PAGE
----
Council Passes Rikers Island Health Reporting Bill

Councilman Corey Johnson, chair of the health committee. (Photo: William Alatriste/New York City Council)

Councilman Corey Johnson, chair of the health committee. (Photo: William Alatriste/New York City Council)

Following a spate of high-profile deaths at Rikers Island, the City Council today passed legislation requiring the Department of Health and Mental Hygiene regularly report to them on medical care at the city’s jails.

“Today, the Council is addressing what we’ve seen to be a very urgent issue—the healthcare that is provided to our city’s incarcerated,” Councilman Corey Johnson, chair of the health committee and a sponsor of the bill, said during a press conference before today’s 49-0 vote in favor of the bill.

Mr. Johnson noted those sent to the city’s jails, including those on Rikers Island, are “overwhelmingly poor and they’re overwhelmingly sick.” The city estimates 40 percent of inmates are mentally ill.

Healthcare at the city’s jails falls under the domain of the Department of Health, rather than the Department of Correction. Making matters more complicated, DOH uses a private company, Corizon, to actually provide the care. That company has come under intense scrutiny in recent months, and city officials have said they’re considering whether to renew the company’s contract or look elsewhere for healthcare.

Today, Mr. Johnson charged the private company with “failing to provide comprehensive and safe services to people under their care,” noting they’ve been linked to what he deemed “15 preventable deaths over the last five years.”

“In all these cases, quality of or timeliness of healthcare was an issue,” Mr. Johnson said.

Mr. Johnson’s committee lambasted Corizon at a hearing earlier this year, at which Mr. Johnson enumerated the causes of deaths in those fifteen cases—rattling off tales of inmates who died of sepsis, bacteria infections from constipation, asthma attacks, and a torn aorta that was never detected because a chest x-ray was never done, despite multiple pain complaints. He also pointed to a scathing report from the State Commission on Correction on the death of inmate Bradley Ballard, a mentally ill inmate, called the company’s treatment “so incompetent and inadequate as to shock the conscience.”

“The first step in addressing these issues is getting a better picture of the adequacy of the health care that is being provided,” Mr. Johnson said.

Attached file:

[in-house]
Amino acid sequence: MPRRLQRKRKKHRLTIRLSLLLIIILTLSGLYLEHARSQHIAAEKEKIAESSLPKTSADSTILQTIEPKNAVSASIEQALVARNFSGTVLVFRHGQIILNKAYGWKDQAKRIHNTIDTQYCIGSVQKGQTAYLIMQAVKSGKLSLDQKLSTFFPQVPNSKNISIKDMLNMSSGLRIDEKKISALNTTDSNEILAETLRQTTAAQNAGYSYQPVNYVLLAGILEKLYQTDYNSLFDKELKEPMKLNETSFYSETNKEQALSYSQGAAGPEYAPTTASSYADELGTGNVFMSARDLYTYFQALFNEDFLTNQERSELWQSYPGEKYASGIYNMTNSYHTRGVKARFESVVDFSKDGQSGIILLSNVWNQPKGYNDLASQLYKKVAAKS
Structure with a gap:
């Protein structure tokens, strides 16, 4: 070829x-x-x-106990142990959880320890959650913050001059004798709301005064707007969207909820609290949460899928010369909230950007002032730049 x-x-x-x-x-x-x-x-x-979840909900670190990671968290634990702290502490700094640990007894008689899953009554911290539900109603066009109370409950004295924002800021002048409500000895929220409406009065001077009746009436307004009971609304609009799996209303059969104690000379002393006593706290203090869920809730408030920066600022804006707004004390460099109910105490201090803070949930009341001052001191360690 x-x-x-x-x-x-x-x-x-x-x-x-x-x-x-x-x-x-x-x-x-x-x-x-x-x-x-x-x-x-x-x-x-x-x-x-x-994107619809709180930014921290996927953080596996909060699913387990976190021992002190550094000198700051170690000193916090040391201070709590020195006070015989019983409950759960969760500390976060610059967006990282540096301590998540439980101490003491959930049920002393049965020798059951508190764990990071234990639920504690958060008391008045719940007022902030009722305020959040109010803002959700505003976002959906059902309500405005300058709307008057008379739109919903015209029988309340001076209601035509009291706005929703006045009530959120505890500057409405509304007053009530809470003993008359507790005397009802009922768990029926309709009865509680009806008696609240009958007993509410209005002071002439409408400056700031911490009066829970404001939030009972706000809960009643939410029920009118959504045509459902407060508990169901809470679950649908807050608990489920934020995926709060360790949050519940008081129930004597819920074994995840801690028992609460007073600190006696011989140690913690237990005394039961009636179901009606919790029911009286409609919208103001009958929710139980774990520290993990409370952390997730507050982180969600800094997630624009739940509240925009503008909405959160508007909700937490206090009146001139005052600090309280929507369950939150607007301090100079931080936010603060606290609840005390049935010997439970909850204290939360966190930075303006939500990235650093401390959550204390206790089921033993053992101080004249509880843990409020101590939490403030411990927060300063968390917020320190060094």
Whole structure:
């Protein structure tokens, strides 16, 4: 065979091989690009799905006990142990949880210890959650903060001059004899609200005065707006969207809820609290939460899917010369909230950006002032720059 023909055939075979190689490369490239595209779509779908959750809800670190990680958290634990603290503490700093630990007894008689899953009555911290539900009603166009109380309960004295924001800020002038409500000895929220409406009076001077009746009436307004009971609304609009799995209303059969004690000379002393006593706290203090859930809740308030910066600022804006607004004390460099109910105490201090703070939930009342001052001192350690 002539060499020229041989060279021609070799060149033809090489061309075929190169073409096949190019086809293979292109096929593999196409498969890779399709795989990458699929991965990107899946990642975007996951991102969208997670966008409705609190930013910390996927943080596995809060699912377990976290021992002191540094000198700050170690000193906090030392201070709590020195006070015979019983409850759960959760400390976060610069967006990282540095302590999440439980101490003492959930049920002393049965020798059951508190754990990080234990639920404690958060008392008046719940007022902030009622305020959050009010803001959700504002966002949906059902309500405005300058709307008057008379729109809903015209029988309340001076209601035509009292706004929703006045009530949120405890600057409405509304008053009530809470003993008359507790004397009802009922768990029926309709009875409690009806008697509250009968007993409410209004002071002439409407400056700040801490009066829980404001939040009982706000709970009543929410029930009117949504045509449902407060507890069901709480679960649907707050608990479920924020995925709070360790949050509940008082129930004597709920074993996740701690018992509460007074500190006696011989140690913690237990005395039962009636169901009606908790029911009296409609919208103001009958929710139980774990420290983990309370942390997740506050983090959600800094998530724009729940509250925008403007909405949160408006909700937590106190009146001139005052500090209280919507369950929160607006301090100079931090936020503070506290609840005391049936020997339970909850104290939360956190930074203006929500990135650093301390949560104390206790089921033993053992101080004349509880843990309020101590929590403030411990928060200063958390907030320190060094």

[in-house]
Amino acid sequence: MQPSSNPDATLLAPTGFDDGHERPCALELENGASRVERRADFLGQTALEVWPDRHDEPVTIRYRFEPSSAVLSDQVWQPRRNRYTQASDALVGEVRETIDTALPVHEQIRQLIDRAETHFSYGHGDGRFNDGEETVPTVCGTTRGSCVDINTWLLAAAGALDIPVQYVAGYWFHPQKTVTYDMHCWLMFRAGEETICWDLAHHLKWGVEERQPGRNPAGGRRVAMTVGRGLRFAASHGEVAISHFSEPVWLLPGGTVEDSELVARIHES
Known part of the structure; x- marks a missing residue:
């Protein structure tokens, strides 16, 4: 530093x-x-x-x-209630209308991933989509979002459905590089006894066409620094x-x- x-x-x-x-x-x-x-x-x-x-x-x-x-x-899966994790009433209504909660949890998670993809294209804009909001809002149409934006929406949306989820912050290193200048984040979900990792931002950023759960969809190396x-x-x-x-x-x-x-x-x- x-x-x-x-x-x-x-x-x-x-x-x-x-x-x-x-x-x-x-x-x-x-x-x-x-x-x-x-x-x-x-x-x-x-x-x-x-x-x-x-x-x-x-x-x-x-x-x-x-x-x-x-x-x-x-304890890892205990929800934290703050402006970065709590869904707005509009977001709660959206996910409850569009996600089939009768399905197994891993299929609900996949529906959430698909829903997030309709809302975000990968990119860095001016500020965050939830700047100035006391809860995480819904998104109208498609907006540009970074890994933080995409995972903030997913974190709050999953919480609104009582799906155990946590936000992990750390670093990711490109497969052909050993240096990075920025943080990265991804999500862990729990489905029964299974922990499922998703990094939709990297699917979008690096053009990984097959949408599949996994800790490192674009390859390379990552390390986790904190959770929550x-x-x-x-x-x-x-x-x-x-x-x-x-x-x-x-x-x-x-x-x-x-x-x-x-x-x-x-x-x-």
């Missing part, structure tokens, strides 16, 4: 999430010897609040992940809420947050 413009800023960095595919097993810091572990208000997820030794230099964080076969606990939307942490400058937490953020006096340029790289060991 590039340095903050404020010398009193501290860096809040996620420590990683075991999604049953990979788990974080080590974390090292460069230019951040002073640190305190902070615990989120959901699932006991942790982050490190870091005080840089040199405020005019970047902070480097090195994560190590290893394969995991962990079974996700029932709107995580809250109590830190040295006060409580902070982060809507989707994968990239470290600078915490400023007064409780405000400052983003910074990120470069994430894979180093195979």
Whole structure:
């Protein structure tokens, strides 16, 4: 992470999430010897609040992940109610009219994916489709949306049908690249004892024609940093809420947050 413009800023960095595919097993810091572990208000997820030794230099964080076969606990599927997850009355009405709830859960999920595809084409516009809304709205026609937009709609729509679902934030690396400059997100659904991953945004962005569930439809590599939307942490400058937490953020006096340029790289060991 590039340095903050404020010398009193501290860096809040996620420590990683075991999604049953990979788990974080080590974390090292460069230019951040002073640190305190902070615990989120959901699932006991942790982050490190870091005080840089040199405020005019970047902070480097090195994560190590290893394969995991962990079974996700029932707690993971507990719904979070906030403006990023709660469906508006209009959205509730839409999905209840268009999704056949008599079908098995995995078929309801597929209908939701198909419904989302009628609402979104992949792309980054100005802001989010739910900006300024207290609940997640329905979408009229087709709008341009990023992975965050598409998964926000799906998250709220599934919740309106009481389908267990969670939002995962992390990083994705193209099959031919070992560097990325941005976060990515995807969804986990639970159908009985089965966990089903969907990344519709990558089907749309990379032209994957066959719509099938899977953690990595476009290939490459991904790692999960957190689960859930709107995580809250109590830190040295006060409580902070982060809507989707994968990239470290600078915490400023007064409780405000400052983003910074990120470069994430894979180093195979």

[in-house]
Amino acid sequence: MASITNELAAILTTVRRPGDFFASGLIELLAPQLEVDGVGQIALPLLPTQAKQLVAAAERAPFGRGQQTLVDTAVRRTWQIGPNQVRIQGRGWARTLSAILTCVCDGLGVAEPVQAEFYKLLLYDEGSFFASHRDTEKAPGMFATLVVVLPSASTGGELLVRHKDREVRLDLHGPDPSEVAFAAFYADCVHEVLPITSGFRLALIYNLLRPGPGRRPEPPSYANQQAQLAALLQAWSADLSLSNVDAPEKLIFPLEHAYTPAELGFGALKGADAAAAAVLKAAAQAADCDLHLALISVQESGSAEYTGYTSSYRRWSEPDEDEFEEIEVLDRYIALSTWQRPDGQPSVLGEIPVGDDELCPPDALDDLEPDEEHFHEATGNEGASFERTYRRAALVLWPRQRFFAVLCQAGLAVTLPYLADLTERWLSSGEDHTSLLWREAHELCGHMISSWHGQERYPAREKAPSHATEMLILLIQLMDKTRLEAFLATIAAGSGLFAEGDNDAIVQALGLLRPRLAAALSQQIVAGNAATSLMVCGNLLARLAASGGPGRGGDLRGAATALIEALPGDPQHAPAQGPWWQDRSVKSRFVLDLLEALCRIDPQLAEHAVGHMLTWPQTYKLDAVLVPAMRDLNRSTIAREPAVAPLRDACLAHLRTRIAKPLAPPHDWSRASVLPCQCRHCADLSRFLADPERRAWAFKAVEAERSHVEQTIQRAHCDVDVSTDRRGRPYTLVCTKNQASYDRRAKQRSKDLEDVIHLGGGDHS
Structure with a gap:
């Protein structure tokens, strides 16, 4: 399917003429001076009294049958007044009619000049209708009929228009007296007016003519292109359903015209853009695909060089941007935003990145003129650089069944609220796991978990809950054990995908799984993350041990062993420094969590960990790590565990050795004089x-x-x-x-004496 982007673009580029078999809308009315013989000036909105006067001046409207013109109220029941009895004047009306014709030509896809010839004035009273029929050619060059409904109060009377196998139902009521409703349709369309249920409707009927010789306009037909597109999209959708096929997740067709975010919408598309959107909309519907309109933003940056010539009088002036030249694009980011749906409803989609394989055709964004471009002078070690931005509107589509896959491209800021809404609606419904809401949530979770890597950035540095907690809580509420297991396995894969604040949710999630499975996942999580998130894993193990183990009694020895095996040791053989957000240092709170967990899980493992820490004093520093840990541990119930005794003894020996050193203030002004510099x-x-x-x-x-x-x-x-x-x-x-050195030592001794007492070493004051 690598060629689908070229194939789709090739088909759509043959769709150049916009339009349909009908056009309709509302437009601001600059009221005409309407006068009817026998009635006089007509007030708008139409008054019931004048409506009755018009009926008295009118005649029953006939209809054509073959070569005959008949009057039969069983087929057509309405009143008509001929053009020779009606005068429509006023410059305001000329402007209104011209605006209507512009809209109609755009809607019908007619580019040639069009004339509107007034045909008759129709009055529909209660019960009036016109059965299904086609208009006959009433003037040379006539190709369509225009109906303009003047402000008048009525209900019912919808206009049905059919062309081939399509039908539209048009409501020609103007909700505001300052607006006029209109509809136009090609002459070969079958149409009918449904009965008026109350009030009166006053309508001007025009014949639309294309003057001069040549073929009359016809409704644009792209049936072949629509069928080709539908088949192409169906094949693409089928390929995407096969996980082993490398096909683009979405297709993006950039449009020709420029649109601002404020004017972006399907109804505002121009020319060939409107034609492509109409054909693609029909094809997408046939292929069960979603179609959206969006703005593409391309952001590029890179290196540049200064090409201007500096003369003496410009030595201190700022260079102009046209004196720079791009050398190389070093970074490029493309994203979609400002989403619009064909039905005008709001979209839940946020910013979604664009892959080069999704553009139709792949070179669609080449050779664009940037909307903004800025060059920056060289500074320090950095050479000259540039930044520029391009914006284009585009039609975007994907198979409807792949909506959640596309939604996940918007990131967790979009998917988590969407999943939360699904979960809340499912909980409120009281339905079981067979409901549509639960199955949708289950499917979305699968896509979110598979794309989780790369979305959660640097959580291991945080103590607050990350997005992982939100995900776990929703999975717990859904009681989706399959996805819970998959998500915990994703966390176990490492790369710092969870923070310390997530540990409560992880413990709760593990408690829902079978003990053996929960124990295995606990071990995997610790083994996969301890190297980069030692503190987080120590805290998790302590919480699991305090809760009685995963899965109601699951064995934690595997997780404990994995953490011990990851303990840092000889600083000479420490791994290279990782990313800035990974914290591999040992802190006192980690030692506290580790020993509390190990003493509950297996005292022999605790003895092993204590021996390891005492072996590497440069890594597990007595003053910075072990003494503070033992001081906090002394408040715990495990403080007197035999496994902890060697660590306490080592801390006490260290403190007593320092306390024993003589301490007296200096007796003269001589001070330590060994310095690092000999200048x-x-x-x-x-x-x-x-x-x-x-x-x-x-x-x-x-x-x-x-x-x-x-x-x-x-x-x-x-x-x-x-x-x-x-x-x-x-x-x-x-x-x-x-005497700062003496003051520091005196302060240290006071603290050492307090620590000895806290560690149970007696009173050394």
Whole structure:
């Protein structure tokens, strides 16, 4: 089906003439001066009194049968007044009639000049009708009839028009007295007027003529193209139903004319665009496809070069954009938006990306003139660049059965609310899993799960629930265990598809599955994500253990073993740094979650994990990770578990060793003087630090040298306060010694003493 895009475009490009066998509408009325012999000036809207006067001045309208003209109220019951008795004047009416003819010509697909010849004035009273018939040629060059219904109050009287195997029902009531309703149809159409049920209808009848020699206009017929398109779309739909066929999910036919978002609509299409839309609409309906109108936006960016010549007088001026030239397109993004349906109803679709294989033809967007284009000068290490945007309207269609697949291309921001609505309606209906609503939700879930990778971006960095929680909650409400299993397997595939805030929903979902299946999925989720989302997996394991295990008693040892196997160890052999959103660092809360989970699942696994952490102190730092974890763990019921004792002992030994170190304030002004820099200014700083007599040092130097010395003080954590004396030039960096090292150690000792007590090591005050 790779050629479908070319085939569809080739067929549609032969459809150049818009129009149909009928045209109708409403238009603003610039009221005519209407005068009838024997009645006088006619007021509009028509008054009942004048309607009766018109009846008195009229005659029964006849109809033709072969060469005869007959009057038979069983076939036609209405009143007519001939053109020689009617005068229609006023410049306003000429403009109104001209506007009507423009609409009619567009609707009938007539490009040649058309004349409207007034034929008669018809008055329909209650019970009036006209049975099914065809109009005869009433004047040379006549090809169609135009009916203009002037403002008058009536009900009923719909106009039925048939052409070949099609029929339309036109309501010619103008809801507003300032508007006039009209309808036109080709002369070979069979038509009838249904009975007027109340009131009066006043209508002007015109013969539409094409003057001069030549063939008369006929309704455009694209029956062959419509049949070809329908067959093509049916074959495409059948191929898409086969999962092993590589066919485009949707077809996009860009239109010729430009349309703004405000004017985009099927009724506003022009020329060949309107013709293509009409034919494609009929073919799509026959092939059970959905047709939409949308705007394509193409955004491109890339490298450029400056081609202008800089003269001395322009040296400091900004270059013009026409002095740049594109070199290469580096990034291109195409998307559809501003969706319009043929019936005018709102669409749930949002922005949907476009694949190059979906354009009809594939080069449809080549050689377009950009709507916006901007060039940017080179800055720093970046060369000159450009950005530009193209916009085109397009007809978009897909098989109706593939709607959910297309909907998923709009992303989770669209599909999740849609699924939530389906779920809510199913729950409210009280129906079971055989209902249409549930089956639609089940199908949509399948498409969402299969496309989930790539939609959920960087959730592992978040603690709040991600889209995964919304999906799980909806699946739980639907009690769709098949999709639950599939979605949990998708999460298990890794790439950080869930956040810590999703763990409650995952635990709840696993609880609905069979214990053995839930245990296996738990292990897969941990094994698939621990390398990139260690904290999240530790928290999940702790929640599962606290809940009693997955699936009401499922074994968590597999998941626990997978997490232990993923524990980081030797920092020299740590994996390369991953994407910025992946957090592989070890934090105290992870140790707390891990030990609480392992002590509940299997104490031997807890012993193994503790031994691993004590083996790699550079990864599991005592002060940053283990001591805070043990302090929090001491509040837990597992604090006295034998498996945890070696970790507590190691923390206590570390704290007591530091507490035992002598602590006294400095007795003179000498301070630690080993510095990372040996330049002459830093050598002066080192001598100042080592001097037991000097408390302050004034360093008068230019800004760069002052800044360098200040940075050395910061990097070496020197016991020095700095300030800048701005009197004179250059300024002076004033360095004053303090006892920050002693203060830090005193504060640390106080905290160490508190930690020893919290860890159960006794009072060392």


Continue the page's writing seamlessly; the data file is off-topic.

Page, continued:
The bill requires the Department of Health to provide a report every three months outlining the medical and mental health services provided to inmates in city jails, including performance indicators. The report will also be required to be posted online in a searchable format.

Mr. Johnson has called for the city to end its contract with Corizon, a position he reiterated again today to the Observer. Asked whether she agreed, Council Speaker Melissa Mark-Viverito said today she hadn’t formed an opinion—but that Mr. Johnson’s assessment would “weigh very heavily” with her.

“Our concern is to make sure that quality care is being provided in our jail system, and if that is not happening, and you’re talking about a contract the size that we’re talking about, that is not an efficient, and it is an inhumane, use of public resources,” Ms. Mark-Viverito said. “And as such, we have a responsibility to make sure we get it right.”

At the hearing in March, Dr. Calvin Johnson, Corizon’s chief medical officer, said the company wanted to work with the city.

“We want to be a good partner and we stand by our statement today and tried to articulate the important points,” he said. “We’re going to keep working hard at this. We’re going to get better and better.”

Today, Corizon said in a statement it welcomed all “opportunities to create greater transparency and better outcomes for our patients” and looked forward to working with city agencies and Mr. Johnson to implement the bill.

“As a physician-led company, our top priority is providing skilled and compassionate healthcare to our patients. We work hard to both provide our patients at Rikers with high-quality care and continually improve our medical care services,” the company said in an unsigned statement.

The Department of Health praised the legislation in a statement.

“This legislation will help improve transparency throughout the jail system, including in the provision of health care services, and we look forward to working with City Council to ensure the delivery of high-quality health care to all patients in correctional facilities,” a spokesman said in a statement.

Conditions at Rikers Island have been thrust into the spotlight over the last year, following a lawsuit from U.S. Attorney Preet Bharara, who has alleged a culture of violence against young inmates at the city’s jails. There have also been repeated media reports about the deaths of beatings of mentally ill inmates, and about rising violence in city jails.

Mayor Bill de Blasio and Correction Commissioner Joseph Ponte have promised reform—and has reduced the number of inmates held in solitary confinement and opened new units for mentally ill inmates.

This story has been updated with statements from Corizon and the Department of Health.

Council Passes Rikers Island Health Reporting Bill